September 23, 2016

Make your own Chai Tea

You don't even have to have a spice grinder - but it helps. A Mortar and pestle will work to grind your spices - just a little more elbow grease is required. :-)

I prefer whole spices whenever I can find them. A Google search can turn up most everything on this list. We have an International Market nearby and that's where I find things like Betel nut and whole nutmeg. I bought the Ceylon Cinnamon here.  I do use an electric spice grinder. Here is what mine looks like as I grind my tea mix.

 I add this mix to green or black tea leaves and steep for about 5 minutes. Works in coffee too. Drink it hot or over ice. Let it steep a little longer for cold or add more mix to the hot water. I like to squeeze fresh orange juice into my tea too.

Chai Tea Mix:
1 part whole cloves
2 parts fresh ground Ceylon Cinnamon
1 part freshly grated nutmeg
a dash of dried Ginger Root - more if you like it spicy
1/8 part ground betel nut (in other words -to taste)
1/4 part Cardamon - I buy whole cardamon and grind the seeds in my grinder

This mix will be "chunky" and not as fine as tea you get that is leaves only.

Below is what your Ceylon Cinnamon looks like after grinding.

I use a mesh tea ball for my Chai mix and one of my favorite cups (above). I found this handy little shaker top to fit my littlest Ball glass jar. It is just right to store my tea mix or ground spices of any kind.

Grilled Lemon Grass Chicken Recipe

I use Lemon Grass for so many things! It is one of the ingredients in my natural Mosquito repellant and I use it in tea and other recipes. Lemon Grass is not hardy in Tennessee but I winter it over in the greenhouse (unheated) or in the basement under lights. This recipe turned out so good I wanted to share it here. I cooked it on the grill but it would be just as good baked in the oven at about 400° till a meat thermometer reads 165°

Grilled Lemon Grass Chicken
Boneless Chicken Breasts (I used 2)
a handful of Lemon Grass cut into about 14-18 inch pieces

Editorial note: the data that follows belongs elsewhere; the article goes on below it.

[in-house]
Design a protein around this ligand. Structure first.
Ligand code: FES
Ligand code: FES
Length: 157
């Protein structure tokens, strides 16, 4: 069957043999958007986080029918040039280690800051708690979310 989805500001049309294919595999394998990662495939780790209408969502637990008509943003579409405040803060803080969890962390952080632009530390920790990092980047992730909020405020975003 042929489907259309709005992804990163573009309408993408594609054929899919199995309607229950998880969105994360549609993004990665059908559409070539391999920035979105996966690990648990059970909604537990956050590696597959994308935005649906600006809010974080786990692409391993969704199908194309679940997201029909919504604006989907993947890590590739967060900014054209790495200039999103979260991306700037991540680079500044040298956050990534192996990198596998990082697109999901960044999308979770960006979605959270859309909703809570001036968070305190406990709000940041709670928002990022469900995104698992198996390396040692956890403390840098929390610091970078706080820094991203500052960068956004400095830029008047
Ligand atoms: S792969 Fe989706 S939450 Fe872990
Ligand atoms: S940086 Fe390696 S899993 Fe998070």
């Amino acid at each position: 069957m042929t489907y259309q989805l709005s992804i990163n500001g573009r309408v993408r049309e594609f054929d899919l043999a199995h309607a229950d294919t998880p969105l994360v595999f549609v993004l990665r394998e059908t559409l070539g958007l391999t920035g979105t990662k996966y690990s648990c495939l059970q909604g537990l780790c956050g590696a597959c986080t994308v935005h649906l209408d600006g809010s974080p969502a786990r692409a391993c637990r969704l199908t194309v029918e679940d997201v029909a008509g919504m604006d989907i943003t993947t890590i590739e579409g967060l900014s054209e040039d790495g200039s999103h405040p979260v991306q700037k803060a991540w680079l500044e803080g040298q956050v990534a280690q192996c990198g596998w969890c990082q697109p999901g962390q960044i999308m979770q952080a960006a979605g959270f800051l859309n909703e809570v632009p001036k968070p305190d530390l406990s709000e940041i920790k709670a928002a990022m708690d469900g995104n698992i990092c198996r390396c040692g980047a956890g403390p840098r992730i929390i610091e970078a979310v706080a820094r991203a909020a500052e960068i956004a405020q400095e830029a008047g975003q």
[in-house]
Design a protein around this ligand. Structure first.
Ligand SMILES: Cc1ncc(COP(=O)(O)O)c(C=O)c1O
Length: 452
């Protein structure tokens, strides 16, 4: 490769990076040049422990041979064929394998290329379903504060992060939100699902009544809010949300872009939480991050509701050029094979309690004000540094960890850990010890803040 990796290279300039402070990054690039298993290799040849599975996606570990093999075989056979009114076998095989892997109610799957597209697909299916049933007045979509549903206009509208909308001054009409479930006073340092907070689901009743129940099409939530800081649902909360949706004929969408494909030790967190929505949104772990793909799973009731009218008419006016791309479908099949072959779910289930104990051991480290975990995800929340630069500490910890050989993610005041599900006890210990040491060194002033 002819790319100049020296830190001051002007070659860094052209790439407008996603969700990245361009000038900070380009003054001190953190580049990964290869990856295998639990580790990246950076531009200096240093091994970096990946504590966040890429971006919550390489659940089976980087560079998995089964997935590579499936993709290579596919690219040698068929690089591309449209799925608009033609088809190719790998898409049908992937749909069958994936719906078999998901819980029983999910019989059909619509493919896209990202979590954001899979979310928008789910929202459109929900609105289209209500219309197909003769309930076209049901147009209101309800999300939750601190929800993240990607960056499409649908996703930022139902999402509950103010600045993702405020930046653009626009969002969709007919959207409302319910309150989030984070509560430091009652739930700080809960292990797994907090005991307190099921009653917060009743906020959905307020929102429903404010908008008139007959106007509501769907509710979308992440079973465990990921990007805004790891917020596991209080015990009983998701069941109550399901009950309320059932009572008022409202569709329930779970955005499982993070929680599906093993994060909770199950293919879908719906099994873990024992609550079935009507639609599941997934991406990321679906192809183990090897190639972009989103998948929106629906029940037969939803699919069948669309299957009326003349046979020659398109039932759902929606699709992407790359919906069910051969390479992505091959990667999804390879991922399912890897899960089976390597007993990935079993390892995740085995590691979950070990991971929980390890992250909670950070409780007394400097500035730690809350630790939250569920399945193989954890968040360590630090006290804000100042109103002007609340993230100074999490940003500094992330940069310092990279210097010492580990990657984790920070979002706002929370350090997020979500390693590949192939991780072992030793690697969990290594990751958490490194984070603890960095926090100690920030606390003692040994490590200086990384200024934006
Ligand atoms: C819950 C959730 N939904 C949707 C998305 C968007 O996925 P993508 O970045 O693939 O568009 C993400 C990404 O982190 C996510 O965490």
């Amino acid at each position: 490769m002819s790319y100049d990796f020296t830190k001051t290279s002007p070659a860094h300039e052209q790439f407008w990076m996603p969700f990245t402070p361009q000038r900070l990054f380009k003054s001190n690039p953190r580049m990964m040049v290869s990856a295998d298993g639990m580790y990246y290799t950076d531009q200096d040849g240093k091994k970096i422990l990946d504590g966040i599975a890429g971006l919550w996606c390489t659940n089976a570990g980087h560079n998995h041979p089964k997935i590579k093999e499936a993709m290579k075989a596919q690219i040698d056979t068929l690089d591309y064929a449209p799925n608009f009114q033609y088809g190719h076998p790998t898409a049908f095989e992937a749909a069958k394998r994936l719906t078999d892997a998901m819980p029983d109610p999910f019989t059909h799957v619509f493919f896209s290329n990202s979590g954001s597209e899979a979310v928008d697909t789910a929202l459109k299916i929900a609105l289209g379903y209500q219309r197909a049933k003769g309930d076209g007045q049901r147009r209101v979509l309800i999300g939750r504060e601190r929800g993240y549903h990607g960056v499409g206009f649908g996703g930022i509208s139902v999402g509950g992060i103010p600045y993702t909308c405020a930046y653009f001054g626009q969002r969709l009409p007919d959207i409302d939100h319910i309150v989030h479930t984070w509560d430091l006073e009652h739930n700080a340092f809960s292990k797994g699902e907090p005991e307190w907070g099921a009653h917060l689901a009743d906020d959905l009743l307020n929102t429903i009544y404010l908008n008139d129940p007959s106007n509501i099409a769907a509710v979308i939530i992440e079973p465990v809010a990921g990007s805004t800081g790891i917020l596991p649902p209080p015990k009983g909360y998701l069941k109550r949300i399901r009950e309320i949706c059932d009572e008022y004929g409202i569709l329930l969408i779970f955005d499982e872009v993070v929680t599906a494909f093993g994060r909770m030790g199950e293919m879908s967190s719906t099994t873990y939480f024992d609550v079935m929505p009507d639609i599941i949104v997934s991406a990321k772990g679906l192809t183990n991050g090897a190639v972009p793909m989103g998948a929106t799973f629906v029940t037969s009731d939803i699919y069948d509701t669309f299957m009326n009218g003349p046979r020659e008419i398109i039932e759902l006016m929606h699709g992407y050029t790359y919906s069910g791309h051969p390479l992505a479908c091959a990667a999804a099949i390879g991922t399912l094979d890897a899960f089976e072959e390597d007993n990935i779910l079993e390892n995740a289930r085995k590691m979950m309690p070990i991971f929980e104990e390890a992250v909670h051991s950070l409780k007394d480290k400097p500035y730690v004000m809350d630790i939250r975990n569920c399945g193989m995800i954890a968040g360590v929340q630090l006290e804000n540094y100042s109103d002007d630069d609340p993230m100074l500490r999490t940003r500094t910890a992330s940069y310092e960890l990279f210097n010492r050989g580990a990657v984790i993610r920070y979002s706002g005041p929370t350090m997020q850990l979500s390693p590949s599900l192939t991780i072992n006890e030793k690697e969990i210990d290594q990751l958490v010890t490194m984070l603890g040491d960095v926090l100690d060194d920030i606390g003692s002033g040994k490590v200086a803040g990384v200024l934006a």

1 sprig of fresh Rosemary for each piece of chicken
Dried Rosemary can be substituted
Garlic salt, fresh cracked pepper
Sprinkle the chicken pieces with garlic salt and fresh crushed pepper
lay a sprig of Rosemary on top of each piece and then wrap lemon grass around each piece and tie. I used 3 of these ties for each piece.  

Now your are ready for the grill. My grill is electric and the thermometer has been broken for an age. I just preheated the grill till I knew the chicken would sear when I put it on the rack. I seared each side well and cooked it till my meat thermometer read 165°.  
Now I plated it and served ours with sweet potato fries, spinach, tomato and fresh sprouts drizzled with olive oil and balsamic vinegar.  Yummy!

September 9, 2016


Oh, I know, we all rush out and purchase mums as soon as they are available in the fall. Some of us have them in our yard and spend half the summer pinching buds off so they will be full and pretty in October. Well there is a perennial that is so much easier to care for and it waits to bloom in late September with no help from humans at all! The lowly Aster! Asters come in deep blue (almost purple) pink and white double flowering varieties. This picture above is a seed mix from Mountain Valley Seed Company.  Here is a link to a good article all about them and how to grow and care for them too. Old Farmers Almanac  caring for Asters. The really good thing about Asters is you can plant them in the ground or even a big pot and they bloom without all that pinching and cutting back - one purchase and you are done for years!
Purple Dome Aster

September 1, 2016


I'm so sad about this. It has Rose Rosetta Disease - contacted from my next door neighbor's beautiful old white antique rose. I'm sure in a year or so their rose will be a skeleton on the fence too.

There is nothing I can do but cut my rose down and dig out as much of the roots as possible. I'm thankful that I have two healthy Peggy Martins in the back yard and I am praying that the privacy fence will keep the mites from affecting them also. We noticed that my rose was declining about a year ago. There were no signs at that time of the gnarly looking leaves that are characteristic of Rossetta Disease  Below are the before and after pictures. This Rose was a landmark in the spring for my customers.